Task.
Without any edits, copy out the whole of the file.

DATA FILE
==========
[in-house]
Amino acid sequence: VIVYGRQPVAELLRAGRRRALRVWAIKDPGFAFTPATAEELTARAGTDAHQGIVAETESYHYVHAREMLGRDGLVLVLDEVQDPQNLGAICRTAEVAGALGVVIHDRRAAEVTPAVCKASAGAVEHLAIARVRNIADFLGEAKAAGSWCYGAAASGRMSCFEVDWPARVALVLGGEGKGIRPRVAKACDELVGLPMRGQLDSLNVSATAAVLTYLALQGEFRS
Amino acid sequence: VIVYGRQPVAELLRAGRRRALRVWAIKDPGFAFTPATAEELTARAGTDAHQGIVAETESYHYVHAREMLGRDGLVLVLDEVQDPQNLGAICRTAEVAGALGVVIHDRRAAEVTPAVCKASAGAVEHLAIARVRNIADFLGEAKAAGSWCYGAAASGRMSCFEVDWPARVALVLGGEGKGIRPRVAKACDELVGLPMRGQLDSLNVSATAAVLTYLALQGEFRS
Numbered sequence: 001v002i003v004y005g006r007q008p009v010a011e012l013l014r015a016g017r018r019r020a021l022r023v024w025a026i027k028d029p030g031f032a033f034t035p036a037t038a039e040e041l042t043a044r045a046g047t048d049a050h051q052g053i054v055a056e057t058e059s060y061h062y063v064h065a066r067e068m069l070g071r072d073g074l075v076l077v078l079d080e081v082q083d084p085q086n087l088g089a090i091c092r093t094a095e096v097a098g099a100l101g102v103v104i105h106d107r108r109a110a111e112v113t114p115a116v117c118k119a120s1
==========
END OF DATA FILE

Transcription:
[in-house]
Amino acid sequence: VIVYGRQPVAELLRAGRRRALRVWAIKDPGFAFTPATAEELTARAGTDAHQGIVAETESYHYVHAREMLGRDGLVLVLDEVQDPQNLGAICRTAEVAGALGVVIHDRRAAEVTPAVCKASAGAVEHLAIARVRNIADFLGEAKAAGSWCYGAAASGRMSCFEVDWPARVALVLGGEGKGIRPRVAKACDELVGLPMRGQLDSLNVSATAAVLTYLALQGEFRS
Amino acid sequence: VIVYGRQPVAELLRAGRRRALRVWAIKDPGFAFTPATAEELTARAGTDAHQGIVAETESYHYVHAREMLGRDGLVLVLDEVQDPQNLGAICRTAEVAGALGVVIHDRRAAEVTPAVCKASAGAVEHLAIARVRNIADFLGEAKAAGSWCYGAAASGRMSCFEVDWPARVALVLGGEGKGIRPRVAKACDELVGLPMRGQLDSLNVSATAAVLTYLALQGEFRS
Numbered sequence: 001v002i003v004y005g006r007q008p009v010a011e012l013l014r015a016g017r018r019r020a021l022r023v024w025a026i027k028d029p030g031f032a033f034t035p036a037t038a039e040e041l042t043a044r045a046g047t048d049a050h051q052g053i054v055a056e057t058e059s060y061h062y063v064h065a066r067e068m069l070g071r072d073g074l075v076l077v078l079d080e081v082q083d084p085q086n087l088g089a090i091c092r093t094a095e096v097a098g099a100l101g102v103v104i105h106d107r108r109a110a111e112v113t114p115a116v117c118k119a120s1